With the rise of housing costs in Canada it was encouraging to hear that a team of researchers from the University of Windsor have partnered with the local Habitat for Humanity to build the first 3D-printed residential homes in Canada. There is such a need for a more affordable and environmentally sustainable housing market and it is looking like 3D-printed homes may provide a solution for the future.
A team of engineering graduate students and laboratory technicians will be working alongside the team of researchers and will 3D print concrete segments on a large-scale, industrial printer in the university’s Structural Engineering Testing Lab — one of the largest and tallest in Canada — and test them exhaustively for strength, sustainability and durability to ensure they’re safe for residential use and meet residential building code requirements. The goal is to have the four homes built by April 2022 in Windsor-Essex.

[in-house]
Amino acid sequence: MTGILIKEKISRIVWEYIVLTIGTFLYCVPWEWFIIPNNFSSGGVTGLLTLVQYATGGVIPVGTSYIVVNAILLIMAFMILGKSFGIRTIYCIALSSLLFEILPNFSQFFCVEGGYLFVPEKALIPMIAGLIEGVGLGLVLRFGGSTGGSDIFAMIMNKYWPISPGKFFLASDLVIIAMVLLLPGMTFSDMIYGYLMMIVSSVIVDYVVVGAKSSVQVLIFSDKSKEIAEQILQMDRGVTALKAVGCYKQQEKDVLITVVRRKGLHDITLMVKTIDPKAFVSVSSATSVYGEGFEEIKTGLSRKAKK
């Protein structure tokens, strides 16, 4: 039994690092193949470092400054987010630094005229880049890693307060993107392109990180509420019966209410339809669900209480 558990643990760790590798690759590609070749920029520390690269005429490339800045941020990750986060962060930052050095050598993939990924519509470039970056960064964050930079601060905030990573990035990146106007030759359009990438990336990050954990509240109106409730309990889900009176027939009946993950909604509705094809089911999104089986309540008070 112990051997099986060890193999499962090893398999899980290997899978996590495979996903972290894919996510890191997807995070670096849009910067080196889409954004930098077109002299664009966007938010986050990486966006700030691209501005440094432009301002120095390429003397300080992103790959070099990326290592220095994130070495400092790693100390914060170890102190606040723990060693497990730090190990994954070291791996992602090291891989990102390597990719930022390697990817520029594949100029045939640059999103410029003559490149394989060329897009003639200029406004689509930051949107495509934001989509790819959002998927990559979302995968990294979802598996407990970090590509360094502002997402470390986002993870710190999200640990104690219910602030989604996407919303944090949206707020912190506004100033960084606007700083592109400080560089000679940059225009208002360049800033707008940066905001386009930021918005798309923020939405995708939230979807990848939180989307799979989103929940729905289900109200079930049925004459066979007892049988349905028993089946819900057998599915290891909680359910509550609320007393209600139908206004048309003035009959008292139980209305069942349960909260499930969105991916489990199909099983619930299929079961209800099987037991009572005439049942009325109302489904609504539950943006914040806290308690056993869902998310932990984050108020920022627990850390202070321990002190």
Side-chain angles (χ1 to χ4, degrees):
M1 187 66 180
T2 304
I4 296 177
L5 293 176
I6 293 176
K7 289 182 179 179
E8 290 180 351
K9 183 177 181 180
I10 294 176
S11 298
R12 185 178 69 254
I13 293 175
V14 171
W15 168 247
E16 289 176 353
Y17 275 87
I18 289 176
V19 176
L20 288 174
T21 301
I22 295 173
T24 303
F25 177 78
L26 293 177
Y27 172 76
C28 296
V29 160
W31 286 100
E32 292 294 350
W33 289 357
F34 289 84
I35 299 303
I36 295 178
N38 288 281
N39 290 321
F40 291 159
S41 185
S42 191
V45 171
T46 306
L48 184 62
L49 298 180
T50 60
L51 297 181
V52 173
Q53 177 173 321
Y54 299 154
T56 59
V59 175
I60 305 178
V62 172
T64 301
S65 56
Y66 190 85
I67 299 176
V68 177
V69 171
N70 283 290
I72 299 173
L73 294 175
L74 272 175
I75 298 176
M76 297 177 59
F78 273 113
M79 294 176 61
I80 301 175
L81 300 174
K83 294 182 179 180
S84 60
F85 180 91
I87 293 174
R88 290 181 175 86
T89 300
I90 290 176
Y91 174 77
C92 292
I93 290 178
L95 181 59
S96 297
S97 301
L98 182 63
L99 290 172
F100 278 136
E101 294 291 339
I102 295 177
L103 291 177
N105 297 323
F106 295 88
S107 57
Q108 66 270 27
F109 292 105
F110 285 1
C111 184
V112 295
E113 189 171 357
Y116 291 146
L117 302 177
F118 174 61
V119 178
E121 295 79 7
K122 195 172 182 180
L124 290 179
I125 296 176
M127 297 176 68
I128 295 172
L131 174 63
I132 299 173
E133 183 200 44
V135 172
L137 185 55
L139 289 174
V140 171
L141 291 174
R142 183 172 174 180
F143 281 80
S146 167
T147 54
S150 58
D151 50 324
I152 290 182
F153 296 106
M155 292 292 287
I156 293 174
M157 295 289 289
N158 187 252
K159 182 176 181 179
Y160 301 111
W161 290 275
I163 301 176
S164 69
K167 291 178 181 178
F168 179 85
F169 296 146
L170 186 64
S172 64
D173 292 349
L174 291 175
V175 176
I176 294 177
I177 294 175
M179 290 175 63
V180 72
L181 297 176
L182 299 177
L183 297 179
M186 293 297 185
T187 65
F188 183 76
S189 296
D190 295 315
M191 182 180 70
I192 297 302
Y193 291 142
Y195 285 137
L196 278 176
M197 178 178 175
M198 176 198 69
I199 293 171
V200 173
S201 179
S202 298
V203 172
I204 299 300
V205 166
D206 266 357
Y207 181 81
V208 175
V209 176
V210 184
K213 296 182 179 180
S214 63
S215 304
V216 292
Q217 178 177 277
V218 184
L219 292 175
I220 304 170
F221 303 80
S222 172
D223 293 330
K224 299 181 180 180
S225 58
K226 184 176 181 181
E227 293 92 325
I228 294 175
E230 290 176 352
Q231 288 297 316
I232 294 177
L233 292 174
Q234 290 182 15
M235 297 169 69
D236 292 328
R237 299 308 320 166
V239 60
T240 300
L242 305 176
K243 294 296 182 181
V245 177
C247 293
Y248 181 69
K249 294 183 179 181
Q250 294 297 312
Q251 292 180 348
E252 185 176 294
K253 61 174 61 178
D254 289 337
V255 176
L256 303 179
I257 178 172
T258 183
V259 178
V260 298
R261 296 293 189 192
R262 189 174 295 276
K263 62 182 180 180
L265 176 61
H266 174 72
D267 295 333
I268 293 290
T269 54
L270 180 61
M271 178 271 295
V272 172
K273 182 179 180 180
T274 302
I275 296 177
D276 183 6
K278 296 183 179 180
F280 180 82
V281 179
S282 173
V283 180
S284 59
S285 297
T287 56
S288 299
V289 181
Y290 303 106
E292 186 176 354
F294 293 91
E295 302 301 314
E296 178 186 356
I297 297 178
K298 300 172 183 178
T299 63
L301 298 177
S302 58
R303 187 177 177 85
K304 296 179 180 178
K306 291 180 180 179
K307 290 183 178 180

How are 3D printed homes more cost efficient?
3D-printed homes cost significantly less to build than traditional homes. The amount of materials needed is undoubtedly less. Traditional concrete construction requires more materials. Panels, usually made of wood, are used to create enclosures into which concrete can be poured to form a mould. With 3D printing, the need for panels is eliminated because the concrete and composite mixture used is thicker than conventional concrete allowing it to be self supporting while it sets. Less materials means less cost. Not only materials, but labour costs can also be saved. These engineers and researchers working on this project are predicting that once construction processes are perfected, a house can be printed with as little as three people and that multiple homes can be printed within a few days.
How are 3D printed homes better for the environment?
3D-printed construction significantly reduces greenhouse gas emissions generated by the construction industry. There is also less waste materials.
It will be interesting to see how this project turns out and how it affects the future of home construction across Canada.